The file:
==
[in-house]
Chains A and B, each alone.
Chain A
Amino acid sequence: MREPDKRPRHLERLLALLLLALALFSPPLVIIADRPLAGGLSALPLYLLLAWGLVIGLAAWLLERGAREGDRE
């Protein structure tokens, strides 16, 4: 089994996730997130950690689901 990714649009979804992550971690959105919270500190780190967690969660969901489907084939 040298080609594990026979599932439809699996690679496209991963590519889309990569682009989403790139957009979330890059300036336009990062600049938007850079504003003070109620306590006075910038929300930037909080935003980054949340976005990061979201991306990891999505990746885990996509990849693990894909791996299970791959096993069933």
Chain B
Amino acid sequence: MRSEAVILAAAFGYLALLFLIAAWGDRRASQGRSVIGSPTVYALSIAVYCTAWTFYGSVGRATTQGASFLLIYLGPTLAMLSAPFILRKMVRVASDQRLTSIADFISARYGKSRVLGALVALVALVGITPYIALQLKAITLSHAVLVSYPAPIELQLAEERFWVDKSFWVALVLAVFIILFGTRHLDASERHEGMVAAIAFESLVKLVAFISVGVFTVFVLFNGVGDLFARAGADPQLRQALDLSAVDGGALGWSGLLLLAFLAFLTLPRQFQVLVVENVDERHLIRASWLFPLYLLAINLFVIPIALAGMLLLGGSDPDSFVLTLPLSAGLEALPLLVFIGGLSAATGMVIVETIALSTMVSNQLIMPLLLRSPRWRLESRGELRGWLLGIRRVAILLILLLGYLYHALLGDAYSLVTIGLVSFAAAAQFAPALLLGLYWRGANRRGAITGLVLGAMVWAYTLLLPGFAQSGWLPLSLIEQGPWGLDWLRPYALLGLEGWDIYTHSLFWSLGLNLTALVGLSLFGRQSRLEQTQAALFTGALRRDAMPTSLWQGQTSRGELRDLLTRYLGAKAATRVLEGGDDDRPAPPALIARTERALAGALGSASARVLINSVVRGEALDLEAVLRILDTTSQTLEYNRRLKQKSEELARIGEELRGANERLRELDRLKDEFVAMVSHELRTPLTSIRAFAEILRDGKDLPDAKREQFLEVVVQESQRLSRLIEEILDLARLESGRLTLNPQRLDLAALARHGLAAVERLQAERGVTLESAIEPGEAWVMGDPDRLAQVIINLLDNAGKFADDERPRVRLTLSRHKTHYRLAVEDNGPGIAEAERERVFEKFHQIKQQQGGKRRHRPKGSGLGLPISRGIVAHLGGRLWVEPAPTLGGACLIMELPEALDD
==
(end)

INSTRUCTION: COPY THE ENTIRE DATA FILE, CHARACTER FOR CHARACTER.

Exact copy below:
[in-house]
Chains A and B, each alone.
Chain A
Amino acid sequence: MREPDKRPRHLERLLALLLLALALFSPPLVIIADRPLAGGLSALPLYLLLAWGLVIGLAAWLLERGAREGDRE
């Protein structure tokens, strides 16, 4: 089994996730997130950690689901 990714649009979804992550971690959105919270500190780190967690969660969901489907084939 040298080609594990026979599932439809699996690679496209991963590519889309990569682009989403790139957009979330890059300036336009990062600049938007850079504003003070109620306590006075910038929300930037909080935003980054949340976005990061979201991306990891999505990746885990996509990849693990894909791996299970791959096993069933």
Chain B
Amino acid sequence: MRSEAVILAAAFGYLALLFLIAAWGDRRASQGRSVIGSPTVYALSIAVYCTAWTFYGSVGRATTQGASFLLIYLGPTLAMLSAPFILRKMVRVASDQRLTSIADFISARYGKSRVLGALVALVALVGITPYIALQLKAITLSHAVLVSYPAPIELQLAEERFWVDKSFWVALVLAVFIILFGTRHLDASERHEGMVAAIAFESLVKLVAFISVGVFTVFVLFNGVGDLFARAGADPQLRQALDLSAVDGGALGWSGLLLLAFLAFLTLPRQFQVLVVENVDERHLIRASWLFPLYLLAINLFVIPIALAGMLLLGGSDPDSFVLTLPLSAGLEALPLLVFIGGLSAATGMVIVETIALSTMVSNQLIMPLLLRSPRWRLESRGELRGWLLGIRRVAILLILLLGYLYHALLGDAYSLVTIGLVSFAAAAQFAPALLLGLYWRGANRRGAITGLVLGAMVWAYTLLLPGFAQSGWLPLSLIEQGPWGLDWLRPYALLGLEGWDIYTHSLFWSLGLNLTALVGLSLFGRQSRLEQTQAALFTGALRRDAMPTSLWQGQTSRGELRDLLTRYLGAKAATRVLEGGDDDRPAPPALIARTERALAGALGSASARVLINSVVRGEALDLEAVLRILDTTSQTLEYNRRLKQKSEELARIGEELRGANERLRELDRLKDEFVAMVSHELRTPLTSIRAFAEILRDGKDLPDAKREQFLEVVVQESQRLSRLIEEILDLARLESGRLTLNPQRLDLAALARHGLAAVERLQAERGVTLESAIEPGEAWVMGDPDRLAQVIINLLDNAGKFADDERPRVRLTLSRHKTHYRLAVEDNGPGIAEAERERVFEKFHQIKQQQGGKRRHRPKGSGLGLPISRGIVAHLGGRLWVEPAPTLGGACLIMELPEALDD